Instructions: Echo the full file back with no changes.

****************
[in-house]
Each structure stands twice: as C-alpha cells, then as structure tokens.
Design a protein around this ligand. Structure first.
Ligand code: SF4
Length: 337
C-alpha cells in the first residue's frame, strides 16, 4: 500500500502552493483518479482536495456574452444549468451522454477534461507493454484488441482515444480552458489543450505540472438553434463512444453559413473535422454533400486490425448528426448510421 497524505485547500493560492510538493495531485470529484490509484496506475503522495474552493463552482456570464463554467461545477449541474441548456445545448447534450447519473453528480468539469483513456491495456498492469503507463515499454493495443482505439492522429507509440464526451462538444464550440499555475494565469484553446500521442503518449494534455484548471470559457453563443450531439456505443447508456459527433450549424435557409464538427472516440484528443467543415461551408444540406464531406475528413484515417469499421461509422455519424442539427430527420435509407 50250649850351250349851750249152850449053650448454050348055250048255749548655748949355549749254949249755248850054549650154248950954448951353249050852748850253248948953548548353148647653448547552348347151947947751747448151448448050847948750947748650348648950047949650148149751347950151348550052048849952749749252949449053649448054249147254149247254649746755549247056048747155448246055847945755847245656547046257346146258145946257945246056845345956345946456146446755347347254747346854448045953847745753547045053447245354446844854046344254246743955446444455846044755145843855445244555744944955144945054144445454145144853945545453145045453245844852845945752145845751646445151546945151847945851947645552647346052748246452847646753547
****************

[in-house]
Each structure stands twice: as C-alpha cells, then as structure tokens.
Design a protein around this ligand. Structure first.
Ligand code: SF4
Length: 337
C-alpha cells in the first residue's frame, strides 16, 4: 500500500502552493483518479482536495456574452444549468451522454477534461507493454484488441482515444480552458489543450505540472438553434463512444453559413473535422454533400486490425448528426448510421 497524505485547500493560492510538493495531485470529484490509484496506475503522495474552493463552482456570464463554467461545477449541474441548456445545448447534450447519473453528480468539469483513456491495456498492469503507463515499454493495443482505439492522429507509440464526451462538444464550440499555475494565469484553446500521442503518449494534455484548471470559457453563443450531439456505443447508456459527433450549424435557409464538427472516440484528443467543415461551408444540406464531406475528413484515417469499421461509422455519424442539427430527420435509407 50250649850351250349851750249152850449053650448454050348055250048255749548655748949355549749254949249755248850054549650154248950954448951353249050852748850253248948953548548353148647653448547552348347151947947751747448151448448050847948750947748650348648950047949650148149751347950151348550052048849952749749252949449053649448054249147254149247254649746755549247056048747155448246055847945755847245656547046257346146258145946257945246056845345956345946456146446755347347254747346854448045953847745753547045053447245354446844854046344254246743955446444455846044755145843855445244555744944955144945054144445454145144853945545453145045453245844852845945752145845751646445151546945151847945851947645552647346052748246452847646753547